Even at 42 and broken as I am, I cry for the want of her, her tiny arms and legs wrapped around my torso, her big head resting on a shoulder as I coo to her and rock her. Her little finger trying to follow the words I read from her favorite book about an alligator who can’t pronounce the letter ‘A’. Her tiny legs running as she tries to catch bubbles from our favorite bubble gun. It is not youth I dream of on these early spring days, but being the witness of hers, the guardian of her innocence, her educator, her mother; the center of her world.

We bought that perfect house in that perfect school district in that perfect little suburb and instead of having her I got a neuro-immune disorder. Instead of being eligible for adoption or even foster parenting for that matter I became eligible for disability. Instead of bringing her into my heart and drawing her to my bosom, I drew in all the pain and disappointment of a life interrupted but unlikely to end in any untimely fashion, just me and my damnably vivid imagination of what might have been. Gone is the home with all the hope. Gone all the things I thought one day Mother’s day would come to mean.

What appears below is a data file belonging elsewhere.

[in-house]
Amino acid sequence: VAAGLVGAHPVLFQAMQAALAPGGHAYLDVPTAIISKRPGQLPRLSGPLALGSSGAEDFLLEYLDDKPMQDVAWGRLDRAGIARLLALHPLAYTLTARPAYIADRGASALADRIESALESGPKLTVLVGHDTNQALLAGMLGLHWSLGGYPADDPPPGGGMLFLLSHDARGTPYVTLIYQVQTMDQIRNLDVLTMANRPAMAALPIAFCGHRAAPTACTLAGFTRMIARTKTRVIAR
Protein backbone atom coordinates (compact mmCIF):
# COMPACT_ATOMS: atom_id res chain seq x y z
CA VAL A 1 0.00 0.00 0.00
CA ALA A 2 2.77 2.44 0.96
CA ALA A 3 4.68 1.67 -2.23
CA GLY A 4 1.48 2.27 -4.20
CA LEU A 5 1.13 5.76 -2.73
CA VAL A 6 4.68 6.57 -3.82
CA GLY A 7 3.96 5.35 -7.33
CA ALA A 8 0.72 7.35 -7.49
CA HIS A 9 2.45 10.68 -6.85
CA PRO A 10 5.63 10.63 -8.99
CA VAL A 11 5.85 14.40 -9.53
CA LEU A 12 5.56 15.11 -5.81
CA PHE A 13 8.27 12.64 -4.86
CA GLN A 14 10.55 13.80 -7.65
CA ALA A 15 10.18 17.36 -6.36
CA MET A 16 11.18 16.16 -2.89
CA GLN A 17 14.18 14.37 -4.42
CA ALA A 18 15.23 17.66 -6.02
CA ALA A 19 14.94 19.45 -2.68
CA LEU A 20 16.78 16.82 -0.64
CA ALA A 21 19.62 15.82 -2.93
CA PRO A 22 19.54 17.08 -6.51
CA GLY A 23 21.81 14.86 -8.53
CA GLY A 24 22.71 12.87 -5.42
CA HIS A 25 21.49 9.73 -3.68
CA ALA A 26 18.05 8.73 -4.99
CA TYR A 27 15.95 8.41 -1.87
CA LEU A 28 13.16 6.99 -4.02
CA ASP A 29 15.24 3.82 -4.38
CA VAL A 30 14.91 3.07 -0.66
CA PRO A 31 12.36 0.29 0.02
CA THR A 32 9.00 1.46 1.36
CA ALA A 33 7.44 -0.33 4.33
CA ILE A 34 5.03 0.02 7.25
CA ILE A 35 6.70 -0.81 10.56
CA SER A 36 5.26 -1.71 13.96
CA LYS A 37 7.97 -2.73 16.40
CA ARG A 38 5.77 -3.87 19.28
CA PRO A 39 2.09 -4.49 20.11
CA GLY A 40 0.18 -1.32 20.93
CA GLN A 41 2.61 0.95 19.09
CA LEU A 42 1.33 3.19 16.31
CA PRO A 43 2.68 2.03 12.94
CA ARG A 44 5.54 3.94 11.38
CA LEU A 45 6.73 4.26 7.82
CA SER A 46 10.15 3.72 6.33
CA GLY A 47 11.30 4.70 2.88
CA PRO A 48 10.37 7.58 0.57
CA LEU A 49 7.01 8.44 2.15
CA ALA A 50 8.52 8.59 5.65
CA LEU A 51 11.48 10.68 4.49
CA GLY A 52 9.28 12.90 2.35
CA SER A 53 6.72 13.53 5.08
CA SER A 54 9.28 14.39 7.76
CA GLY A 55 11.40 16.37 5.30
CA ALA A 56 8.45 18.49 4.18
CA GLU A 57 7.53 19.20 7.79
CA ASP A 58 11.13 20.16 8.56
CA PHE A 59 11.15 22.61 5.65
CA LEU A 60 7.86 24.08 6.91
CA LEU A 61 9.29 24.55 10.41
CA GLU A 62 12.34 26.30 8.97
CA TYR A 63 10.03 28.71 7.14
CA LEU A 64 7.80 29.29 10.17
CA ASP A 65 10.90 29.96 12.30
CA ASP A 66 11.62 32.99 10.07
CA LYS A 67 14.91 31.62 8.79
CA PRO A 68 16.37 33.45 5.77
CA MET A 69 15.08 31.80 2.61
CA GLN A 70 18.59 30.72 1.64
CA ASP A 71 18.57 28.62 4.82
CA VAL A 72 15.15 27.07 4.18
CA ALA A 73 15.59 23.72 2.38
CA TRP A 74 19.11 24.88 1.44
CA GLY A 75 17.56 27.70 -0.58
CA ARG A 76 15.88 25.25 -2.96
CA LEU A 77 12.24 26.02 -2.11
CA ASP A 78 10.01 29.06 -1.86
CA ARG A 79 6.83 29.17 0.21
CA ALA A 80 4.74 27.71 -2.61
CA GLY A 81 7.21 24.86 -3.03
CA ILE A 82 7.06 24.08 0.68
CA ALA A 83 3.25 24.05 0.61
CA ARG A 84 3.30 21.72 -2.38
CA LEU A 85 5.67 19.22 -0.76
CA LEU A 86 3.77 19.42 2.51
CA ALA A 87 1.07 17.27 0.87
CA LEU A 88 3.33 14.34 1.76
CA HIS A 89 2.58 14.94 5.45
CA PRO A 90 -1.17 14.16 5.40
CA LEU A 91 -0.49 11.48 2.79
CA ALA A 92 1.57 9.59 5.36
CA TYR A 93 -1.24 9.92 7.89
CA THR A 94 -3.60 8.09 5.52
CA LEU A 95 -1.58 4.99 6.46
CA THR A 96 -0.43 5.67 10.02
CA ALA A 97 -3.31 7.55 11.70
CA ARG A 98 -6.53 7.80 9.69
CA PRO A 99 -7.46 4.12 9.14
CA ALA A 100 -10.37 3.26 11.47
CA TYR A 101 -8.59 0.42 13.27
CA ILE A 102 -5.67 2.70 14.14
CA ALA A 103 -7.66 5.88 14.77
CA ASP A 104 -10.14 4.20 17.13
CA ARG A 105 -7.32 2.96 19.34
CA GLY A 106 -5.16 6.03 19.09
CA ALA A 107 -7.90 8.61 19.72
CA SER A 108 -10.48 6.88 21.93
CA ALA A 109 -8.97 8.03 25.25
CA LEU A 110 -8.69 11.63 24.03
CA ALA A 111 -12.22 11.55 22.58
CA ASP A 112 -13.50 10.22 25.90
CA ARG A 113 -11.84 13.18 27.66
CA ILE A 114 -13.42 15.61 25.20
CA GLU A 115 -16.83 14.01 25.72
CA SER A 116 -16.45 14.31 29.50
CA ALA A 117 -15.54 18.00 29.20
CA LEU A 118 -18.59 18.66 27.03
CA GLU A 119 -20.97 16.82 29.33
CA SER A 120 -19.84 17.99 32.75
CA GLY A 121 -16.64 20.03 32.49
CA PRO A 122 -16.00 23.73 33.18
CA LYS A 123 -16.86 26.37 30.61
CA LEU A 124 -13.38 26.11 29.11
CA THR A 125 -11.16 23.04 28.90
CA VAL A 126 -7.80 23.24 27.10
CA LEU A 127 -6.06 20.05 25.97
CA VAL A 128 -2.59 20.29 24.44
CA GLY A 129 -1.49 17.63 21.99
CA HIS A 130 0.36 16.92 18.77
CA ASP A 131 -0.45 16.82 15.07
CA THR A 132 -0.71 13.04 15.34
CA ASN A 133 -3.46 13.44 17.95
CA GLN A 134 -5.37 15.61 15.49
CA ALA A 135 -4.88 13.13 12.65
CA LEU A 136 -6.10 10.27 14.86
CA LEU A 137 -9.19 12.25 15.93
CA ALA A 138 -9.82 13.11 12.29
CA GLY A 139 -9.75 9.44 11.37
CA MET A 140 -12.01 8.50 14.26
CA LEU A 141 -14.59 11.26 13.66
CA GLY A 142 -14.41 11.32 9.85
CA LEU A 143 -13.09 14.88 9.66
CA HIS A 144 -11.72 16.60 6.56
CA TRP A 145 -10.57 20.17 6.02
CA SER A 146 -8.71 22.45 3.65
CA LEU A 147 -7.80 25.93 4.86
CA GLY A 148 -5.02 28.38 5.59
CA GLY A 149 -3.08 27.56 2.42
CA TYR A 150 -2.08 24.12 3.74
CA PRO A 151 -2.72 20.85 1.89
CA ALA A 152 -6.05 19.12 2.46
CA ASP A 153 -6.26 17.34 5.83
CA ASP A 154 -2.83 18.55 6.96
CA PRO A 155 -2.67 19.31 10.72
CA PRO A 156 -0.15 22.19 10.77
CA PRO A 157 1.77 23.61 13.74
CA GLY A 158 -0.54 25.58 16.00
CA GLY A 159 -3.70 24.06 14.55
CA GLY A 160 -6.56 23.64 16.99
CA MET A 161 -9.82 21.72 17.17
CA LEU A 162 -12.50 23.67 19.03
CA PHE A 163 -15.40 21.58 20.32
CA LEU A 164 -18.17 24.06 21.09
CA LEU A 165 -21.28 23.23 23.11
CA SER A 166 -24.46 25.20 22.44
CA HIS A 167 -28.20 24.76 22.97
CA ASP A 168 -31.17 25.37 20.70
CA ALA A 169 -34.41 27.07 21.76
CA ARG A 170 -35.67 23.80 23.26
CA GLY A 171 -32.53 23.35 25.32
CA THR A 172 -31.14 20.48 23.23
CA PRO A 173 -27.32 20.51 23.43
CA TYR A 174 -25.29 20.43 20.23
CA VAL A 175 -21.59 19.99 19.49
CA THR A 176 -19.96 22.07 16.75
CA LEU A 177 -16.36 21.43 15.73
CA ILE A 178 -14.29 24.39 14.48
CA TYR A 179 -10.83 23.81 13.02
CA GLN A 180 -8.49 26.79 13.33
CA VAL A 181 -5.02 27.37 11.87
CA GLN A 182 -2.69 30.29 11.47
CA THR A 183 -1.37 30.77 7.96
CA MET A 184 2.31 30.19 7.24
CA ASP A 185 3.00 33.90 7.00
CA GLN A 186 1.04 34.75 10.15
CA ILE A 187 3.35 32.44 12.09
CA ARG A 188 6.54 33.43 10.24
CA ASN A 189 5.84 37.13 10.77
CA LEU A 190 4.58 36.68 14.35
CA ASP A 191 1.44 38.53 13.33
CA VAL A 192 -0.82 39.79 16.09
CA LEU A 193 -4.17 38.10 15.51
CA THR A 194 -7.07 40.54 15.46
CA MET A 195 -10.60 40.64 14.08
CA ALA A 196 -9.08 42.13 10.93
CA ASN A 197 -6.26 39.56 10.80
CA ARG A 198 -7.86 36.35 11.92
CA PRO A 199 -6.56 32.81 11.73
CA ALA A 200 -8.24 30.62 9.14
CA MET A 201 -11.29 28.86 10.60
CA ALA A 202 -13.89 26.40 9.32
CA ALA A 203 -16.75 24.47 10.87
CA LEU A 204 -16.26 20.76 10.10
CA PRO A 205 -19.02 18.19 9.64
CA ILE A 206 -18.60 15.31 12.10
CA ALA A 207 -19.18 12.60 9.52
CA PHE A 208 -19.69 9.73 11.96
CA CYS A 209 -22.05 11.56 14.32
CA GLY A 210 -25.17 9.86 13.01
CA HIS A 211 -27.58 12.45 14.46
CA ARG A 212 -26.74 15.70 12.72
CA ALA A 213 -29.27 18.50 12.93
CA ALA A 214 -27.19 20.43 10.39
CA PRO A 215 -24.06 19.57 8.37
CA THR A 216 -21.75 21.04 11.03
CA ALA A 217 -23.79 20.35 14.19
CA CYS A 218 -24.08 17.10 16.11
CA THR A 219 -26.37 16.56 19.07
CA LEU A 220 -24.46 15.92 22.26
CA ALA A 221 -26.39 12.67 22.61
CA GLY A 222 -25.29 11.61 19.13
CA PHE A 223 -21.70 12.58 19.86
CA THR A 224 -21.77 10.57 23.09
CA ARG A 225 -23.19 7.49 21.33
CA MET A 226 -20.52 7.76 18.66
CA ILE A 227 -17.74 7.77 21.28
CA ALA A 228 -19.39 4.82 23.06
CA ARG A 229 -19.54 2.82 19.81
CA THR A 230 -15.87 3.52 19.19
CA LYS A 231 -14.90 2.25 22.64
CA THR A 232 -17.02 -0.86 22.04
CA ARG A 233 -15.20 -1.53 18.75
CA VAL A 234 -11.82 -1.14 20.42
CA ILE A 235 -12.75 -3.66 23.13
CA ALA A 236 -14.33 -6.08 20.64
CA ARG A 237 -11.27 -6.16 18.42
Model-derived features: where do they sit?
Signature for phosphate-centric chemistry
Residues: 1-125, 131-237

Filed under memoir excerpt, Non-fiction

The Modern Prometheus

Wounds do not suppurate without end, even the emotional ones. It’s those we insist on picking that will not close. I your Prometheus, meant to suffer your torture day in and day out, all for the crime of being your daughter, the folly of championing a better way of life. I have news for you; you’re no Zeus and I’m no Titan. I’ve broken your chains and I’m leaving this mountain. I may be the monster you created, but my ending will be a design my own.

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Letter to a Long Ago Lover Revisted

Sometimes I wonder how you feel
about the children I love. Do you
resent their small perfect bodies doubling
the rhythm of my older less passionate heart
gaining comfort from bottles beside warm breasts big
round and supple as Gaia’s once so firm